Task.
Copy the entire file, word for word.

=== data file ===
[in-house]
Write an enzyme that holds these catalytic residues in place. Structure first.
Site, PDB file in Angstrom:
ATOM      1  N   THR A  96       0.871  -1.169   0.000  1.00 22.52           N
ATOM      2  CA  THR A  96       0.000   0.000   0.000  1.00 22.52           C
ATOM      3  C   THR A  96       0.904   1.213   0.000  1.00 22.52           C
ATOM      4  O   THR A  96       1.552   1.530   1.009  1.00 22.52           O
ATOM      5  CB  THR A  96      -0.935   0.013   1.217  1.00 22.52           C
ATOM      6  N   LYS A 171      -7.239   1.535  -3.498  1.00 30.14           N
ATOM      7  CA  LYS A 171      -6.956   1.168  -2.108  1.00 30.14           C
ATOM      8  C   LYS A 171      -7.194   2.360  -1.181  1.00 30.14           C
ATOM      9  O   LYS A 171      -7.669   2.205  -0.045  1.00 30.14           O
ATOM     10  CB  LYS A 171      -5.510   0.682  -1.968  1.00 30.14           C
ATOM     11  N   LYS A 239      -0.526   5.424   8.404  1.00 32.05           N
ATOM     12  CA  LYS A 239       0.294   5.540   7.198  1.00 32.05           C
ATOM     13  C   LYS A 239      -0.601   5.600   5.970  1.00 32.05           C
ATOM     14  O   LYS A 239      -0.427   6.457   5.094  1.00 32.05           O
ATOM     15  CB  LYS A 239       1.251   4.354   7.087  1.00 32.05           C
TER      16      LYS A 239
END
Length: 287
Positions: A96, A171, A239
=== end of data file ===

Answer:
[in-house]
Write an enzyme that holds these catalytic residues in place. Structure first.
Site, PDB file in Angstrom:
ATOM      1  N   THR A  96       0.871  -1.169   0.000  1.00 22.52           N
ATOM      2  CA  THR A  96       0.000   0.000   0.000  1.00 22.52           C
ATOM      3  C   THR A  96       0.904   1.213   0.000  1.00 22.52           C
ATOM      4  O   THR A  96       1.552   1.530   1.009  1.00 22.52           O
ATOM      5  CB  THR A  96      -0.935   0.013   1.217  1.00 22.52           C
ATOM      6  N   LYS A 171      -7.239   1.535  -3.498  1.00 30.14           N
ATOM      7  CA  LYS A 171      -6.956   1.168  -2.108  1.00 30.14           C
ATOM      8  C   LYS A 171      -7.194   2.360  -1.181  1.00 30.14           C
ATOM      9  O   LYS A 171      -7.669   2.205  -0.045  1.00 30.14           O
ATOM     10  CB  LYS A 171      -5.510   0.682  -1.968  1.00 30.14           C
ATOM     11  N   LYS A 239      -0.526   5.424   8.404  1.00 32.05           N
ATOM     12  CA  LYS A 239       0.294   5.540   7.198  1.00 32.05           C
ATOM     13  C   LYS A 239      -0.601   5.600   5.970  1.00 32.05           C
ATOM     14  O   LYS A 239      -0.427   6.457   5.094  1.00 32.05           O
ATOM     15  CB  LYS A 239       1.251   4.354   7.087  1.00 32.05           C
TER      16      LYS A 239
END
Length: 287
Positions: A96, A171, A239